TED Conversations

Paula Kahumbu

CEO, WildlifeDirect

This conversation is closed.

How do we save African elephants from extinction?

African elephants are being slaughtered for their ivory as a surprising consequences of the rise of Asian economies. Symbolic of wealth and prestige, ivory was once only affordable for a few. Now with hundreds of millions of newly rich people in Asia, demand has outstripped supply and elephants are being killed at a rate that will drive them to extinction in less than 15 years.

African governments are unable to stop the poaching - the price of ivory is driving impunity, corruption and is now under control of criminal cartels.

How do we stop this? What will it take to reverse this trend? Do we need to change cultures? Appealing for compassion in China, Thailand, Philippines? Is it about law enforcement?

We need some bright ideas from TEDsters who love African animals and who know how to cause change in Asia

Share:

Showing single comment thread. View the full conversation.

  • Feb 28 2013: It's money. It's as simple as that.
    Money has to end in one regard in order for people to stop doing things for money.
    Money is the reason they kill female babies or fetuses in India. It's too expensive to a family to have a baby girl.
    But it doesn't matter what it is.
    Some comments made here: "People are willing to pay the price - pay - People who buy ivory - notice the word "buy" - tourism meaning tourist dollars, i.e. money - ivory harvesting, meaning making money for survival, a job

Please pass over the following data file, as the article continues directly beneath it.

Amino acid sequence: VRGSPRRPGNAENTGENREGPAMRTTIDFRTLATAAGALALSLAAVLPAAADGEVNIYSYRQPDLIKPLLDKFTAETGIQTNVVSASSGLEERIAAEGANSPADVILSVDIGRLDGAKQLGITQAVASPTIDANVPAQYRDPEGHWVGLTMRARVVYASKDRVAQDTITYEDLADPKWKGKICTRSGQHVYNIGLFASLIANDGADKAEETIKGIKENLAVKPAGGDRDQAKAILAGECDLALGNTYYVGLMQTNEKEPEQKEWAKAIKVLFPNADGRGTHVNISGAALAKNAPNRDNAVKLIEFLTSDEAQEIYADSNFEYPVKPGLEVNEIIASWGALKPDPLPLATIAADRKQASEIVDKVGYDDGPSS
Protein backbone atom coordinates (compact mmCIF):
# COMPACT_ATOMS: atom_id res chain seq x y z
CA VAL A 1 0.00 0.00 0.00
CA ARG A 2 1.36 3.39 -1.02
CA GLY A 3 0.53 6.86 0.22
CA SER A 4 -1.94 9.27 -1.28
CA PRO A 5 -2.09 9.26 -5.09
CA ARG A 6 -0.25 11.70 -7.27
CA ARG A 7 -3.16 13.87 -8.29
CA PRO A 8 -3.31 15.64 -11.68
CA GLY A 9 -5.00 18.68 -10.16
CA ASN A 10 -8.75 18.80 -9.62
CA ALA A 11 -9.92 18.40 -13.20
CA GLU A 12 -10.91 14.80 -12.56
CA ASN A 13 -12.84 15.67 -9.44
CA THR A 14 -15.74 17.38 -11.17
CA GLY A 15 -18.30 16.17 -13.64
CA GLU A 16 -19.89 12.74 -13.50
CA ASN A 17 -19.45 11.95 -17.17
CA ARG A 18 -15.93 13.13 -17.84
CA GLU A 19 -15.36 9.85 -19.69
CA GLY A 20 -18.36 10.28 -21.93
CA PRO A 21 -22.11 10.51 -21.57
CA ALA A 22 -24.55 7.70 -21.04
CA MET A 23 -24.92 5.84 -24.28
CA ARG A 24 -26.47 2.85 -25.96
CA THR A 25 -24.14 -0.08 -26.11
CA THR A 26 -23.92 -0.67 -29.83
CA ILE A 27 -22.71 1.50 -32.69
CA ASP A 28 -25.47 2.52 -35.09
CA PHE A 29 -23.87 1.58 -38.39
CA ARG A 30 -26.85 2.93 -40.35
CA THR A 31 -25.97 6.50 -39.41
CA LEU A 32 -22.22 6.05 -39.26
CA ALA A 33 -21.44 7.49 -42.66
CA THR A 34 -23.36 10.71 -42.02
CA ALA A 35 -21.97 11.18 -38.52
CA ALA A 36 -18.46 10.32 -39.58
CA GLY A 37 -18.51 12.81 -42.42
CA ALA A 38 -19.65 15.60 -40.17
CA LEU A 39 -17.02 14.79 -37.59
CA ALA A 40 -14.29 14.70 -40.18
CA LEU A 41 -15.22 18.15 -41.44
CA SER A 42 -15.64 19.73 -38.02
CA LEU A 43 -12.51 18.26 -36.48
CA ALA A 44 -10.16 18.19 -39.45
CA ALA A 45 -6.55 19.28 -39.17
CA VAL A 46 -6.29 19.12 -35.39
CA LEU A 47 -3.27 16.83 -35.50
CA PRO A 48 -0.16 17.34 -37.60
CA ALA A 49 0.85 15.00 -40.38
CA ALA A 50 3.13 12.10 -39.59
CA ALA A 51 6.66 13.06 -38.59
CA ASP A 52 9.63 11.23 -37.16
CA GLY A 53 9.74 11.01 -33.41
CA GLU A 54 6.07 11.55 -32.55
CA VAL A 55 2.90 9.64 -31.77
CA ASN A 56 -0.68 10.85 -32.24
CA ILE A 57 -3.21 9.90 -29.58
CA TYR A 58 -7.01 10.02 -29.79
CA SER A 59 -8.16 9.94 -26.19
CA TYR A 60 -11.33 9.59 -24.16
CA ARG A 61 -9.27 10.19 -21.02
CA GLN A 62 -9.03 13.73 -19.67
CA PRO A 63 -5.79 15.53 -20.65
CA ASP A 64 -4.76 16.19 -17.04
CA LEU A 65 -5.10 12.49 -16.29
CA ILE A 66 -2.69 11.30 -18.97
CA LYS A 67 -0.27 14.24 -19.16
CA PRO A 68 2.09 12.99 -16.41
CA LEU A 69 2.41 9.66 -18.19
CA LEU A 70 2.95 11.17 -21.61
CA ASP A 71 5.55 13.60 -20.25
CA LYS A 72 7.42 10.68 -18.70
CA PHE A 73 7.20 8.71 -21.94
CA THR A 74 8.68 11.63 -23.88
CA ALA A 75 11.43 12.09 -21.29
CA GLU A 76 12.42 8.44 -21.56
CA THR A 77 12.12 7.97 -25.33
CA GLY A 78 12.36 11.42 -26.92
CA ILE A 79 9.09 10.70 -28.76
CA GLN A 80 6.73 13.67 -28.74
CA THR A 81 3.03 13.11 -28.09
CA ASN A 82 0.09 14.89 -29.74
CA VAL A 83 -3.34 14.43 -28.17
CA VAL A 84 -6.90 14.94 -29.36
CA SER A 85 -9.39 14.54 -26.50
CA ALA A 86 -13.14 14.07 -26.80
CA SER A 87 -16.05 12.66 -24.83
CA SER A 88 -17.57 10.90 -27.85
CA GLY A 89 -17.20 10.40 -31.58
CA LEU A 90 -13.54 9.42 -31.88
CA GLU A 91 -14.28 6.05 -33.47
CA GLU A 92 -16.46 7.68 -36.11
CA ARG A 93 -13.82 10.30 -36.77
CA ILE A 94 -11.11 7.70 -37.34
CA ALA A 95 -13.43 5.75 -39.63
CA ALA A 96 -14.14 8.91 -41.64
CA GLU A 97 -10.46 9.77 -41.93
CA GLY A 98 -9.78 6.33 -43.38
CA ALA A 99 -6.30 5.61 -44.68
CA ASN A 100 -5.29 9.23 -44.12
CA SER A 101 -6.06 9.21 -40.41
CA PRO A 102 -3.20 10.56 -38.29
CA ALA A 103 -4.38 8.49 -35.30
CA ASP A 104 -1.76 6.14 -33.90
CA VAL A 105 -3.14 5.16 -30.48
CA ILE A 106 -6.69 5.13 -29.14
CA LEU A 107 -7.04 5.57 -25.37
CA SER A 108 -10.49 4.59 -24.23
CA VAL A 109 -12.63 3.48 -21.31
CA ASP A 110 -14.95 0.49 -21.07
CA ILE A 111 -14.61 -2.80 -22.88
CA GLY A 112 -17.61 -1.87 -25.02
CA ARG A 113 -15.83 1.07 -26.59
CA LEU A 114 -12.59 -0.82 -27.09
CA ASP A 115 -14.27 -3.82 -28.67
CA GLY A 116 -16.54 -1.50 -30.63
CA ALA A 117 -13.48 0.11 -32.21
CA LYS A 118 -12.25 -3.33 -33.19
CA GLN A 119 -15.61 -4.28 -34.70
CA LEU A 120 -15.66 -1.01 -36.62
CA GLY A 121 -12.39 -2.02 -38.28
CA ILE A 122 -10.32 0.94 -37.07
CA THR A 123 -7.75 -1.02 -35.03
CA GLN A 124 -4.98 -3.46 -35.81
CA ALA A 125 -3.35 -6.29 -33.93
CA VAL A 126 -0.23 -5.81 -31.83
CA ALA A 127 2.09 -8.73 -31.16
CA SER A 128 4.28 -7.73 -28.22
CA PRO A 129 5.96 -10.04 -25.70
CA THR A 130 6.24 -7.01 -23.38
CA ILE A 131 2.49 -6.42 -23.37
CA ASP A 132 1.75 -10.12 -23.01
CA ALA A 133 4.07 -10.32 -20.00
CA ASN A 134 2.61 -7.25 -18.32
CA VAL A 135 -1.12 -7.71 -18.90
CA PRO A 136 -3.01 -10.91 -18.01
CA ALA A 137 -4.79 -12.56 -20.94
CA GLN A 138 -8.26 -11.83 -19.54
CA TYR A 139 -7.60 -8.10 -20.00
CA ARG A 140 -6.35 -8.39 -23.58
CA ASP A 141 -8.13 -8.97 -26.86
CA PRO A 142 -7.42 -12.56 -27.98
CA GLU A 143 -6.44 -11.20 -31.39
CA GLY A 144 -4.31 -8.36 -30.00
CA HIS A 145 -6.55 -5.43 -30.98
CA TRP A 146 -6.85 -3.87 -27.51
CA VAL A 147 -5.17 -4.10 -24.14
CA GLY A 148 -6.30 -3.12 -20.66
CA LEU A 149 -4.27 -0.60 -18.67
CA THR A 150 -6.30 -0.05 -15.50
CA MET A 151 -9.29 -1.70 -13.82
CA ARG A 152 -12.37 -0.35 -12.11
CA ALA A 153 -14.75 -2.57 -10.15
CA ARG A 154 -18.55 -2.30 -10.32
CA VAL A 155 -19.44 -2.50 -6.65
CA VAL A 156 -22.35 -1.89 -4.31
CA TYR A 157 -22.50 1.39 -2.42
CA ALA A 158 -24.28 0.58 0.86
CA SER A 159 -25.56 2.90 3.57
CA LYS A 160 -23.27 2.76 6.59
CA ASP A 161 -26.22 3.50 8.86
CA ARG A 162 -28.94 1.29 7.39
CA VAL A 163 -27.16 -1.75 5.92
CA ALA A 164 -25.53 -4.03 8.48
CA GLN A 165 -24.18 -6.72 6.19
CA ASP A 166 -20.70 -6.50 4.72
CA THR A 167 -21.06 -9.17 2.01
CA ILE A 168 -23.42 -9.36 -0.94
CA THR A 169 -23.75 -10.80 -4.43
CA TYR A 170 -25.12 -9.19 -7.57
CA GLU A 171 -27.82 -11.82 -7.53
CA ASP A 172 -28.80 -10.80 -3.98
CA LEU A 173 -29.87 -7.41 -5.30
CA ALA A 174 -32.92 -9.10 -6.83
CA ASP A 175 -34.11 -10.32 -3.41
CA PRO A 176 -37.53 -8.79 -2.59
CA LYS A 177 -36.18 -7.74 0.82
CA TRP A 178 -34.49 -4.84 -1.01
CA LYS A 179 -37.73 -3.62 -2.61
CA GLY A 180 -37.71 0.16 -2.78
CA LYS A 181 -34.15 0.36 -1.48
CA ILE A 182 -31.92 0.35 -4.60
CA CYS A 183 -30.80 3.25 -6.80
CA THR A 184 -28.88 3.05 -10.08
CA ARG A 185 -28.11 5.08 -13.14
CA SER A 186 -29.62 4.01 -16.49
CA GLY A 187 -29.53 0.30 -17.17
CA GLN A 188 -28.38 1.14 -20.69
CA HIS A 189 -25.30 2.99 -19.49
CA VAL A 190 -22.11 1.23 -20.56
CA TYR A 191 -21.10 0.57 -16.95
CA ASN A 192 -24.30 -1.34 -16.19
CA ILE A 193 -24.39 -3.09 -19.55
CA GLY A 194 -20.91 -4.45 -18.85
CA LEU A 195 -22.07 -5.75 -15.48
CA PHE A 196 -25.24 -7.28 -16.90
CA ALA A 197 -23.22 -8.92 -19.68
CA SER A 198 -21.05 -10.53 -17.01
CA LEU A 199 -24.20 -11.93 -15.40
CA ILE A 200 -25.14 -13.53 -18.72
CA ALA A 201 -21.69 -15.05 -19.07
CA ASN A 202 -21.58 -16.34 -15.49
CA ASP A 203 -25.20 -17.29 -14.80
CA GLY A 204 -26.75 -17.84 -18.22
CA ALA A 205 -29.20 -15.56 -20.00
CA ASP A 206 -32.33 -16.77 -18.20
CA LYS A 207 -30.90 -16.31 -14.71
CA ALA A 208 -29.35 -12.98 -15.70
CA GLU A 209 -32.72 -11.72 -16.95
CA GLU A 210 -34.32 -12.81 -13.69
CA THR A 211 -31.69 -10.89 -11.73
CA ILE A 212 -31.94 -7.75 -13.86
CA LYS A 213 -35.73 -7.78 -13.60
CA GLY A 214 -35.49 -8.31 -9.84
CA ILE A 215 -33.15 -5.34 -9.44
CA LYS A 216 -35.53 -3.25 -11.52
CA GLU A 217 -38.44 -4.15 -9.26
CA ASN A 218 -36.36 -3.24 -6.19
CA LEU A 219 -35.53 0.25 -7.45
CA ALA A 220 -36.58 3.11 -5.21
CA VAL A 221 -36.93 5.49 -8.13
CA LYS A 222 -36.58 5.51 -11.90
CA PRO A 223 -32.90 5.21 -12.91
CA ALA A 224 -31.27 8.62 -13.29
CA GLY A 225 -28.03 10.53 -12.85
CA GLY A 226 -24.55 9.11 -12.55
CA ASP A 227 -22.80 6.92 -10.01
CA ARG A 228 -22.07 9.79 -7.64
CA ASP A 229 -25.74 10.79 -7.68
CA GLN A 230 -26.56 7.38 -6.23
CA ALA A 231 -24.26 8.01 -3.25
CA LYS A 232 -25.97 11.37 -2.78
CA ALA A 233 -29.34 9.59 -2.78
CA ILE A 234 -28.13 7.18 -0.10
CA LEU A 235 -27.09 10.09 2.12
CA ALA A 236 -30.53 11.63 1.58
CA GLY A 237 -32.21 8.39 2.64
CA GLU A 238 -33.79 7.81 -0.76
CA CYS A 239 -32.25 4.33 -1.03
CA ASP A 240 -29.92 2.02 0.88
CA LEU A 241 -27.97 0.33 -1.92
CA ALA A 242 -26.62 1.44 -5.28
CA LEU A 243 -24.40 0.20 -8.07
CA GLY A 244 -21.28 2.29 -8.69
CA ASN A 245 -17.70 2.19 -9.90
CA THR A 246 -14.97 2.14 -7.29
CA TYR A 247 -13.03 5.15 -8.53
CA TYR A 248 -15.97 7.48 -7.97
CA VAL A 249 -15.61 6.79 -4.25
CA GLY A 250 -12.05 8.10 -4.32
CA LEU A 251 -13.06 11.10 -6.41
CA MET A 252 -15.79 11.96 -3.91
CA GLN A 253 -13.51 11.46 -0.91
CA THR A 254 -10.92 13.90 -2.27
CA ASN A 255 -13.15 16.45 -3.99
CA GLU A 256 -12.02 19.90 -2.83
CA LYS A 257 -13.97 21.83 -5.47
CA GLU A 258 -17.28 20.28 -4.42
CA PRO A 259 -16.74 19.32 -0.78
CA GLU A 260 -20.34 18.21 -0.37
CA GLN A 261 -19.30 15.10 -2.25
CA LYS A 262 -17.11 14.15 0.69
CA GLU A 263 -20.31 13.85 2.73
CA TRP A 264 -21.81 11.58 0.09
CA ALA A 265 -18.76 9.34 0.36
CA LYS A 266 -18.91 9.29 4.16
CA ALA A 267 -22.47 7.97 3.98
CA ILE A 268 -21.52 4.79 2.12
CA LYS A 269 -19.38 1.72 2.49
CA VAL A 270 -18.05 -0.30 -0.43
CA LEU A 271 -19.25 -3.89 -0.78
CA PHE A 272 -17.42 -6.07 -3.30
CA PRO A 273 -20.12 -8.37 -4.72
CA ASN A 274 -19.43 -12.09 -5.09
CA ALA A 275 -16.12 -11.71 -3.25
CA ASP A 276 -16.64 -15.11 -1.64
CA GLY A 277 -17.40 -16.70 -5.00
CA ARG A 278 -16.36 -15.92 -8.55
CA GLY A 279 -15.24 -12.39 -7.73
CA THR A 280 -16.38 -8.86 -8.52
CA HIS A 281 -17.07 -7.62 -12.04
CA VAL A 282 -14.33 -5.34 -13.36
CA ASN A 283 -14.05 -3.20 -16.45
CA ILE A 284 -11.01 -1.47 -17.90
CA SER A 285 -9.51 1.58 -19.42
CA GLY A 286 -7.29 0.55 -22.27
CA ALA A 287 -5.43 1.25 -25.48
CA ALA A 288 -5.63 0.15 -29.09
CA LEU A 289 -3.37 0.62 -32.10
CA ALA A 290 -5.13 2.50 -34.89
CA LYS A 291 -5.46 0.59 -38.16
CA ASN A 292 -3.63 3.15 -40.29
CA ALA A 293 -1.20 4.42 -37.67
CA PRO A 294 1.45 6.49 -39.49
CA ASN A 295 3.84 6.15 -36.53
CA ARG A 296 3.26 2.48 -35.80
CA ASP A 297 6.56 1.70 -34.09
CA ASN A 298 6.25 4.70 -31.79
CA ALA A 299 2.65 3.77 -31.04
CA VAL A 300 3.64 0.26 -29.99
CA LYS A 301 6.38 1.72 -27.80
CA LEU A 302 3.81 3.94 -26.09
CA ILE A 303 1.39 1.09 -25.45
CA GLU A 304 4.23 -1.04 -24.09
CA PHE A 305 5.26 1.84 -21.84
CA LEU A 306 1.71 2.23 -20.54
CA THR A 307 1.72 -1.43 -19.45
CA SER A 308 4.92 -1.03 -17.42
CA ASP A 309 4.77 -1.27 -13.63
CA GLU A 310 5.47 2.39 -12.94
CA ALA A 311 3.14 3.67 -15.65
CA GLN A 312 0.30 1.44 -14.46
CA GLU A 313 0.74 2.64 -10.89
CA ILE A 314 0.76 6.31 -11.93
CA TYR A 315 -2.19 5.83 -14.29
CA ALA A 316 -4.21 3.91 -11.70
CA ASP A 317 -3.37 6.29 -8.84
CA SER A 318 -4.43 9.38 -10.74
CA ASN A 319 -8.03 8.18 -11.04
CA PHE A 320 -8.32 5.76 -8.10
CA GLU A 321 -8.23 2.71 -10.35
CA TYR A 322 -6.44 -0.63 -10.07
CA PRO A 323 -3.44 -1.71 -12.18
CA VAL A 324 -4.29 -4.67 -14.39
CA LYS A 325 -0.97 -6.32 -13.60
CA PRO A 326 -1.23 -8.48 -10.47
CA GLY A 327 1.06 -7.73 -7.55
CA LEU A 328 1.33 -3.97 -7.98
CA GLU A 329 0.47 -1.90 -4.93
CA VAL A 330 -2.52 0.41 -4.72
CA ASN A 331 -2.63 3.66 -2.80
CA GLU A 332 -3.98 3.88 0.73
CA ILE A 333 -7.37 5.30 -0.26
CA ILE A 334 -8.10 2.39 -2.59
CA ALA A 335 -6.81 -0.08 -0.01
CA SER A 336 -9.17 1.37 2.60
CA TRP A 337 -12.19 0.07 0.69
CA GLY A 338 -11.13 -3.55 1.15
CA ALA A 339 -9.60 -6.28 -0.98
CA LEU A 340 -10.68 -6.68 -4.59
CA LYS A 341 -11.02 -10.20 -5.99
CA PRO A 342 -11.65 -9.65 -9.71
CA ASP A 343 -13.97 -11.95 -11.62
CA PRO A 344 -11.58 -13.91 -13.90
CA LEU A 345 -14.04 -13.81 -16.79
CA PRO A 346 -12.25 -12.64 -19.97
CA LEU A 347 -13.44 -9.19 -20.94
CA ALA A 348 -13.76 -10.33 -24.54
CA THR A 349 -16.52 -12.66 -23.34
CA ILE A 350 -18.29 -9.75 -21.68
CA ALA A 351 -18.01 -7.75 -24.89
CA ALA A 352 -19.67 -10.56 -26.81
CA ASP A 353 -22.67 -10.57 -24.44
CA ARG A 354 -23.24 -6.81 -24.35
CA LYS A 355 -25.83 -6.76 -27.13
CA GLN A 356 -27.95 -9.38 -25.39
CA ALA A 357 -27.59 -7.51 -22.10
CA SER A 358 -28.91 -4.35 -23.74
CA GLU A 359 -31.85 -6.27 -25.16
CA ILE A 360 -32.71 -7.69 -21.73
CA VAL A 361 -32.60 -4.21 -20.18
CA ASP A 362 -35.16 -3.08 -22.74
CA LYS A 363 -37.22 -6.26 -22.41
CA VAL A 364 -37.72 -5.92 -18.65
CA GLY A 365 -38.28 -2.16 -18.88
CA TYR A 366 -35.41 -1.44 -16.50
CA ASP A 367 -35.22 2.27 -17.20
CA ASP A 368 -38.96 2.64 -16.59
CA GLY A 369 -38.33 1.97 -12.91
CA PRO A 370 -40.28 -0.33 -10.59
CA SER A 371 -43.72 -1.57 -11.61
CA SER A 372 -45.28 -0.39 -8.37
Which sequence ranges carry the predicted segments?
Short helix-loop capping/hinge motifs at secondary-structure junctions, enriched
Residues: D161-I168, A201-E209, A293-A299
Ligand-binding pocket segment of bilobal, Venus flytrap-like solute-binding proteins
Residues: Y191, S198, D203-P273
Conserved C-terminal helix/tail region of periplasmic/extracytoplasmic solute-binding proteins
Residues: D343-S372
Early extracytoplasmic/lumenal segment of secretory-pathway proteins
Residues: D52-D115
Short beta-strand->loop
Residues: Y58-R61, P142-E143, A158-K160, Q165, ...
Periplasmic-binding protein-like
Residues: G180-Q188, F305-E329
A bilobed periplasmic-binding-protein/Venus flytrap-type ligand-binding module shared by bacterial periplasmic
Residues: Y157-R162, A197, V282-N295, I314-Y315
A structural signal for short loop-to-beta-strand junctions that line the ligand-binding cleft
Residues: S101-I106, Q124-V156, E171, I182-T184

Yet people will say again and again, you can't blame money; money is not the root of all evil.
    Well, yes it is because it is the reason for corruption, greed, crime, horrible acts against humans or animals, etc.

    My brother is a big game hunter. Travels the world over, killing all the magnificent beasts of the earth.
    Now that he is much older, I don't think he does it much any more. I could not see how a two-foot piece of an elephant's
    leg was more beautiful than the actual beast roaming its lands, especially since they could always be shot with a camera, captured forever in all their real beauty and letting them live would always keep them alive.
    I asked why he kept doing this? He replied that the elephants live on areas of land set aside solely for their survival but as they populate they become over-populated and have to be thinned out. Plus, he said the meat goes to the people in the area. What a crock of you-know-what. Of course if you crowd them together, you can then justify what one calls "over-population" so that you can continue killing. It's sickening.
    The real reason he does this is it is a way to continue killing his father, who was a horribly cruel, sadistic man. We suffered extreme violence under his hands. He has killed them all, several times over and mounted them everywhere. He is basically a serial-killer only he killed animals.

    It all has to be confronted by people who won't stop until it all stops. Same thing religious spokespeople should spend time doing.
    • Feb 28 2013: So do you think people continue big-game hunting because they find pleasure in killing, or having power or control over nature? An if so, how do we change this mindset that killing is good, and what alternatives can we offer such people?
    • thumb
      Feb 28 2013: Wow, that's a very powerful and sad personal story. I wish that visitors to Africa could experience the opposite, a peace associated with reconnection with the land of our origin, and a relationship with the animals that we evolved with. I have never understood the mindset of hunters but that's just me. The ivory trade is not about hunting, it's about supplying a valuable resource to people who have no connection to the animals. Perhaps if every Asian user of ivory had to actually shoot the elephant, they wouldn't be quite so interested in the ivory.

Showing single comment thread. View the full conversation.